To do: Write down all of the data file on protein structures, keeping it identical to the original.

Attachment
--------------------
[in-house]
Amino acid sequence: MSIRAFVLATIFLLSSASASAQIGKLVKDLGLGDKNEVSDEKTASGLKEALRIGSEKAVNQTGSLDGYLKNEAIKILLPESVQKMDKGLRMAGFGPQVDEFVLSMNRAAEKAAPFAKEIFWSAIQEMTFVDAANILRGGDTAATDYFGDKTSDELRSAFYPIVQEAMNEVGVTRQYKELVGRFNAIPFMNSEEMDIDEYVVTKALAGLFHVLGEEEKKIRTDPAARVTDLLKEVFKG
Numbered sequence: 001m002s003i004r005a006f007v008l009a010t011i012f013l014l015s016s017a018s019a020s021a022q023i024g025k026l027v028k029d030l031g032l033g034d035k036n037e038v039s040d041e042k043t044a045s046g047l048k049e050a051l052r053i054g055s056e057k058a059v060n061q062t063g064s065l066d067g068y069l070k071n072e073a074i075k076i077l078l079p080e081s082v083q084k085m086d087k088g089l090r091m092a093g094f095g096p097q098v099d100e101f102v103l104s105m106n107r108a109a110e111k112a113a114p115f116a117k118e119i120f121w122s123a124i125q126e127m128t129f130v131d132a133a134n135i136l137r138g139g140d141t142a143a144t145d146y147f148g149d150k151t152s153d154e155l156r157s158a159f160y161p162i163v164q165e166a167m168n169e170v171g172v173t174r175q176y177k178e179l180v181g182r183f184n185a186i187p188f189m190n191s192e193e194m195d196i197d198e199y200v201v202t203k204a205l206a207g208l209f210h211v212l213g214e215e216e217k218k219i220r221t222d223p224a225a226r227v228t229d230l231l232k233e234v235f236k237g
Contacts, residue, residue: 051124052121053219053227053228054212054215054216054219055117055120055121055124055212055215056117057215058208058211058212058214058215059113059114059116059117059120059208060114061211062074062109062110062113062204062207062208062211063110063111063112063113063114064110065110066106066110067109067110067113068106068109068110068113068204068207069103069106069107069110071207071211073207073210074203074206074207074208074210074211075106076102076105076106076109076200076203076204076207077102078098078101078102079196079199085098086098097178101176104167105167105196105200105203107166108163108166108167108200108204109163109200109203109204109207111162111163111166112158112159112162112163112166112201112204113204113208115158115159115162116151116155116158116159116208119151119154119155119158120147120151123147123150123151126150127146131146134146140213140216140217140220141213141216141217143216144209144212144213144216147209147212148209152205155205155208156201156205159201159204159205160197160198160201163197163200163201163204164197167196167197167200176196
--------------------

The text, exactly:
[in-house]
Amino acid sequence: MSIRAFVLATIFLLSSASASAQIGKLVKDLGLGDKNEVSDEKTASGLKEALRIGSEKAVNQTGSLDGYLKNEAIKILLPESVQKMDKGLRMAGFGPQVDEFVLSMNRAAEKAAPFAKEIFWSAIQEMTFVDAANILRGGDTAATDYFGDKTSDELRSAFYPIVQEAMNEVGVTRQYKELVGRFNAIPFMNSEEMDIDEYVVTKALAGLFHVLGEEEKKIRTDPAARVTDLLKEVFKG
Numbered sequence: 001m002s003i004r005a006f007v008l009a010t011i012f013l014l015s016s017a018s019a020s021a022q023i024g025k026l027v028k029d030l031g032l033g034d035k036n037e038v039s040d041e042k043t044a045s046g047l048k049e050a051l052r053i054g055s056e057k058a059v060n061q062t063g064s065l066d067g068y069l070k071n072e073a074i075k076i077l078l079p080e081s082v083q084k085m086d087k088g089l090r091m092a093g094f095g096p097q098v099d100e101f102v103l104s105m106n107r108a109a110e111k112a113a114p115f116a117k118e119i120f121w122s123a124i125q126e127m128t129f130v131d132a133a134n135i136l137r138g139g140d141t142a143a144t145d146y147f148g149d150k151t152s153d154e155l156r157s158a159f160y161p162i163v164q165e166a167m168n169e170v171g172v173t174r175q176y177k178e179l180v181g182r183f184n185a186i187p188f189m190n191s192e193e194m195d196i197d198e199y200v201v202t203k204a205l206a207g208l209f210h211v212l213g214e215e216e217k218k219i220r221t222d223p224a225a226r227v228t229d230l231l232k233e234v235f236k237g
Contacts, residue, residue: 051124052121053219053227053228054212054215054216054219055117055120055121055124055212055215056117057215058208058211058212058214058215059113059114059116059117059120059208060114061211062074062109062110062113062204062207062208062211063110063111063112063113063114064110065110066106066110067109067110067113068106068109068110068113068204068207069103069106069107069110071207071211073207073210074203074206074207074208074210074211075106076102076105076106076109076200076203076204076207077102078098078101078102079196079199085098086098097178101176104167105167105196105200105203107166108163108166108167108200108204109163109200109203109204109207111162111163111166112158112159112162112163112166112201112204113204113208115158115159115162116151116155116158116159116208119151119154119155119158120147120151123147123150123151126150127146131146134146140213140216140217140220141213141216141217143216144209144212144213144216147209147212148209152205155205155208156201156205159201159204159205160197160198160201163197163200163201163204164197167196167197167200176196